Border is also synonym of trade control, meaning the great come back of checkpoints, queues, etc. Moreover, it brings restrictions on the number of products that can travel, including what you carry with you in your car. 

Even if the Eire-Ulster’s trade is not such a big deal in comparison with the UK-EU’s trade (5 billions GBP against 600 billions GBP), this should impact Northern Ireland’s economy (more than the Irish economy). As suggested by PM Johnson earlier this month, a “double border” could be implemented. This would make Northern Ireland an ideal place for (frauds in) trade. The UK would most certainly mainly trade with the EU through the North. 

The situation in Gibraltar, a British territory located in the South of Spain who voted massively to remain in the EU in 2016 (about 92%), also needs to be settled. The 1,2km Spanish-British border issue was sorted in the third Protocol of the draft agreement, but not without raising the anger of Spain first. The accord reached in 2018 should remain applicable in case of Brexit with a deal. The UK and Spain will have to reach a specific agreement on Gibraltar’s status by the end of the transition period. 

The come-back of the immaterial border of Britain will also have some repercussions. Long queues are to be expected on motorways around harbour cities, such as Dover in the UK or Rotterdam, Zeebrugge, Oostende, Calais on the continent.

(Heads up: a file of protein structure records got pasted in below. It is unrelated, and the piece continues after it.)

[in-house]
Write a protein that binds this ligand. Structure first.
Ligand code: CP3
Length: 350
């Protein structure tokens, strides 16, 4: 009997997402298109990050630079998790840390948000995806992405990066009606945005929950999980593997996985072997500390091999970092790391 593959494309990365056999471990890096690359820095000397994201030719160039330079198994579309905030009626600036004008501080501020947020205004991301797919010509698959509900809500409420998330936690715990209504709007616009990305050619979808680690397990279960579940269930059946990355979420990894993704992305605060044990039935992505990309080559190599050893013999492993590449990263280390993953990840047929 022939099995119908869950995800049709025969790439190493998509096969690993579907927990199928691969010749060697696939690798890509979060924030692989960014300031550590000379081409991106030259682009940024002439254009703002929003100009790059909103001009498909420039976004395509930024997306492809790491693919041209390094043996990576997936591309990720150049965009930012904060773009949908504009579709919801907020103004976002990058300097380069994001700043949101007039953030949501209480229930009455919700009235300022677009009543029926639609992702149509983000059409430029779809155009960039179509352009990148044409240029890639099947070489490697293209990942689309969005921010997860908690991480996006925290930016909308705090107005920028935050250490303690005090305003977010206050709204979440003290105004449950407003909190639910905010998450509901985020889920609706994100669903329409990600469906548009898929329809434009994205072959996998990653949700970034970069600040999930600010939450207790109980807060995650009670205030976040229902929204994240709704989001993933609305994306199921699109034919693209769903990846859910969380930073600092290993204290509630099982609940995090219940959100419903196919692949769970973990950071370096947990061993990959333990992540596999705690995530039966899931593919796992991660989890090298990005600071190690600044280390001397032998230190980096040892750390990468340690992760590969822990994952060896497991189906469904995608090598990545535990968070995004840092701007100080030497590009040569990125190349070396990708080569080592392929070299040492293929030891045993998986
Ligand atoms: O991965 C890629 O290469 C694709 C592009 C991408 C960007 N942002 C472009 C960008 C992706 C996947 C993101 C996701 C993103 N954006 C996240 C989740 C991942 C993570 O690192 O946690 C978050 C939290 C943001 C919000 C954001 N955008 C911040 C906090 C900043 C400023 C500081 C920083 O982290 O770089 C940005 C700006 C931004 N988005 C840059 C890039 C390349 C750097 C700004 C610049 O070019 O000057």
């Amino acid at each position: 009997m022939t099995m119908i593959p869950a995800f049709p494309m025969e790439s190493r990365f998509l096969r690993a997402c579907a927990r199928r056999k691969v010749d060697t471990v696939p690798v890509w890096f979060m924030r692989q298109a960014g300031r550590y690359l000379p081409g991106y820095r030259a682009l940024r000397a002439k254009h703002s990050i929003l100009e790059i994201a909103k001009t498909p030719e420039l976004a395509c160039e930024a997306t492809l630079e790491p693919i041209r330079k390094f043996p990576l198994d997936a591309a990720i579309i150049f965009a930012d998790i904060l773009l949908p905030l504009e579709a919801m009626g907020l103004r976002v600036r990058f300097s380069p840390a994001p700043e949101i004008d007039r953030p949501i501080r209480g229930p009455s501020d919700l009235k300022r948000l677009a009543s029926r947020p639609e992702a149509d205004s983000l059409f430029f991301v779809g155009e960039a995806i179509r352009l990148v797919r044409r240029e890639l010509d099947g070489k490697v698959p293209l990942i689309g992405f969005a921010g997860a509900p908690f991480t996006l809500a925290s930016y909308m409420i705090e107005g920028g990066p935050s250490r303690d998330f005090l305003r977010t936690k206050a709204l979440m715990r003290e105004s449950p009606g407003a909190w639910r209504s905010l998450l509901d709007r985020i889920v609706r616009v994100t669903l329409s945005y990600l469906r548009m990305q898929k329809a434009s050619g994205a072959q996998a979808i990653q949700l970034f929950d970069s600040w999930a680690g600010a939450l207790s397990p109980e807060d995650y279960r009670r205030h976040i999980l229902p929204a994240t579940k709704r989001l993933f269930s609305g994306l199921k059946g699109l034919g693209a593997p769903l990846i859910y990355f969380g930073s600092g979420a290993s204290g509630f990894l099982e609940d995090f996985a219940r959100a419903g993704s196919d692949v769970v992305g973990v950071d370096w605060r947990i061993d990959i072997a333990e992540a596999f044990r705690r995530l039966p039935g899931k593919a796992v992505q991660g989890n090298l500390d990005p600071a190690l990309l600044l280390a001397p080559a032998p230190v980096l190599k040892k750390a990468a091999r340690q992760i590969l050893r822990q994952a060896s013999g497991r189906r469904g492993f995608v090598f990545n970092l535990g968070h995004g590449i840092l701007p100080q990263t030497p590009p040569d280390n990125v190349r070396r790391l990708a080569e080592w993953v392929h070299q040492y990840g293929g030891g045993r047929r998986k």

A bit of solidarity: why is the EU behind Ireland?

The EU immediately took Ireland’s side as one man. There was kind of a “club reflex”. The UK chose to leave and create difficulties, not Ireland. The Union protects one of its own, victim of a situation it didn’t choose. That is for sure the main thing. However, the EU is also afraid that Ireland would fly solo and reach a bilateral agreement with the UK, putting the EU in difficulty. 

So basically, the Union’s support is based on two reasons: first, Ireland is one of the EU members and therefore is entitled to solidarity; second, if Ireland should be a UK’s privileged partner it would be damaging for the EU.